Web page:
The final consultation phase of High Peak Borough Council's current Local Plan has been announced.
Comments and submissions can be made on High Peak Borough Council's website.
The closing time for comments and submissions in this final phase is 5pm on the 6th of June 2014.
15 April 2014
Last night's meeting of New Mills town council showed encouraging signs that progress is being made on leaving behind the bad old days.
There is still plenty of work to do, and complacency is always the enemy of excellence, but the stresses and strains that good councillors have evidently endured during the recent crisis are proving to have been worthwhile.
New town clerk appointed
The first milestone arising from last night's meeting was the appointment of the town's new town clerk. This is Lesley Bramwell, who has been doing the job for some time on a temporary basis.
A wise investment for the council, to build on the progress, would be to purchase the latest (ninth) edition of the excellent Local Council Administration if they haven't already done so.
This authoritative book is the 'bible' for town clerks, Responsible Financial Officers, and diligent councillors.
Separation of Powers
One of the issues faced by elected representatives in the past in this town hall was that significant power in the town hall was concentrated in the hands of one person.
The recent appointment of a new town clerk therefore also marks a formal change in council procedures. The roles of Town Clerk and Responsible Financial Officer are now split: the two important town hall office functions will no longer be in the hands of one person.
New Mills Higher Educational Trust
The three serious problem areas of council business that Councillor Alistair Stevens is currently intimately involved in may shortly be reduced to two.
This is because another milestone passed last night was that Cllr Stevens stated at the council meeting - for the first time in public - that he wants to resign as Trustee of the New Mills Higher Educational Trust charity.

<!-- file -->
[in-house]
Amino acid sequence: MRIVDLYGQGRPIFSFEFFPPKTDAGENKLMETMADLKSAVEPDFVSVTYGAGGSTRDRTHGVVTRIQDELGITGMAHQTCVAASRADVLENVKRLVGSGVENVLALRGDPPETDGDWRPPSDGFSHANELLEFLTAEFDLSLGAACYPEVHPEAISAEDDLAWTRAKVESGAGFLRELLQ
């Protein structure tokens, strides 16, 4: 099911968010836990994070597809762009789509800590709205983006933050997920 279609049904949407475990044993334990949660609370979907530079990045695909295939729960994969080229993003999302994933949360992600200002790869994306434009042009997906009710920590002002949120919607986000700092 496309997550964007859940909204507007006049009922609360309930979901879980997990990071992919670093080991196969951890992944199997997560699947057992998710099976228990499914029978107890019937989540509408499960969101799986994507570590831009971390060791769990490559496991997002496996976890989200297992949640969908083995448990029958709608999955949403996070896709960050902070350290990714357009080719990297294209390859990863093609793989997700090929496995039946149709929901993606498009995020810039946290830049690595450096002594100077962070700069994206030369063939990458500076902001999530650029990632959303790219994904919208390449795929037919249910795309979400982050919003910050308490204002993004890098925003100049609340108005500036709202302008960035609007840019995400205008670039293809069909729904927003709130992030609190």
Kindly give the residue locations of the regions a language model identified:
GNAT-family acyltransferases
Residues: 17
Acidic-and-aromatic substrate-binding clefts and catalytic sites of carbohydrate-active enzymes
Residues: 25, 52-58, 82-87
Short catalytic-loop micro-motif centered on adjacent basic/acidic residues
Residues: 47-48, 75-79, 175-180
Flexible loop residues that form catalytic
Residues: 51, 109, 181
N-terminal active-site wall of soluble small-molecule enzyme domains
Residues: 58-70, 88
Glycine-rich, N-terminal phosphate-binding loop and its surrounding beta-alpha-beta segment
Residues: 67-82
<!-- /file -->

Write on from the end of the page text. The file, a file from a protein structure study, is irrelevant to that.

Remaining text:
A trustee resignation in these circumstances should be in writing.
For details of the New Mills Higher Educational Trust saga, and its suspension by the Charity Commission, see earlier HPT articles.
Cllr Stevens' previous public statements at council meetings on this subject were initially that he was unaware he was a trustee of the charity, and then at a later council meeting that he had been told 'on legal advice' not to say anything on the subject.
Councillors tried to establish the handover mechanism during last night's meeting, but charities and trustees are a specialist area of law and further information may be sought in order to ensure this is done correctly.
These new pro-active developments - so long as matters are carried forward carefully - mean that the substantial sum of money in the charity that is currently inaccessible may yet be recovered for the local good causes it was intended for.
The Company Question
The second problem area of public business that Cllr Alistair Stevens is currently involved in is that he and son Jamie Stevens formed a limited company with the same name as the human resources business which is advising the council on staff matters.
Cllr Stevens is married to the ex-town clerk Susan Stevens, who at the relevant time was a member of the council's staff.
What is the purpose of Cllr Alistair Stevens in having a company called Tall Poppies Consultants Ltd when the HR adviser to the council - of which he is a member - is also known as Tall Poppies Consultants?
What is the character of a person who would do that? What is the character of a person who would conceive of such a thing as remotely suitable for a councillor representing the town of New Mills to be involved in? Because Cllr Stevens is a councillor at a tax-raising local authority, these are questions of public interest.
When this company matter was exposed by High Peak Transparency, Jamie Stevens immediately resigned as director of the company. On the company's formation documents, Jamie Stevens stated to Companies House that his occupation is "HR consultant." These facts are in the public domain, as well as being of public interest.
This Stevens company matter came up, albeit obliquely, at last night's town council meeting. Every time Cllr Stevens raises a question in a council meeting about 'Tall Poppies', one or other councillor has to ask for clarification along the lines of: "Does Councillor Stevens mean the genuine Tall Poppies company or the one that he set up?"
It is long overdue for the town council to put this matter related to council business on the agenda: "To ask Cllr Stevens what is the reason for him setting up a limited company using the same name as the HR adviser to the council?"
The law governing council meetings
The third problem area of public business that Cllr Alistair Stevens is currently involved in is that he stayed in, and took part in, council meetings when matters concerning his spouse - who at the material times was town clerk and a paid employee of the council - were being discussed.